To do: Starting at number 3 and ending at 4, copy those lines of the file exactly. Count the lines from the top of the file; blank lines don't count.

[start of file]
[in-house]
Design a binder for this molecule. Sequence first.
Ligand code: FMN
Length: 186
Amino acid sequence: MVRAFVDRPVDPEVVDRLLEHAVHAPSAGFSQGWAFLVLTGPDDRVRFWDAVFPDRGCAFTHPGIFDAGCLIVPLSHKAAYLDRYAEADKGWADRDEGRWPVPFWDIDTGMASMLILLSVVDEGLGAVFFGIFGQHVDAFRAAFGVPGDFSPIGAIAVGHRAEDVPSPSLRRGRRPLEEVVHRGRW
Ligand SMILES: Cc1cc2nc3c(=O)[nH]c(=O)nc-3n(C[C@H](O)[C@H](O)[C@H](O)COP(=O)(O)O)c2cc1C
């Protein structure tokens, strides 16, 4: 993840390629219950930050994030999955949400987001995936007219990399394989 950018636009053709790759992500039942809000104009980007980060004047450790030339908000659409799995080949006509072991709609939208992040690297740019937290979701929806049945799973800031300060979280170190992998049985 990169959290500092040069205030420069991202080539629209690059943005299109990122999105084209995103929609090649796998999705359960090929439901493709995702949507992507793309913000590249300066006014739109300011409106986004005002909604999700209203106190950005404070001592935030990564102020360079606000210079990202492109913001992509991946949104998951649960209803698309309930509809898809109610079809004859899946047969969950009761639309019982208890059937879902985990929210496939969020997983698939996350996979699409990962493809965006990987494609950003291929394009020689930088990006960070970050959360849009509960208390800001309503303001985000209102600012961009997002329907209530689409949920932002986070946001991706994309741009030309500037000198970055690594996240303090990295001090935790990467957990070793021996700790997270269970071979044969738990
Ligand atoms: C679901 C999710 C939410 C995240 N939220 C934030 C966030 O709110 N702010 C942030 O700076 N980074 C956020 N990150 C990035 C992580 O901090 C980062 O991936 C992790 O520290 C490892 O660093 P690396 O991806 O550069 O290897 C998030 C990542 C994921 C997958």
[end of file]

Ligand code: FMN
Length: 186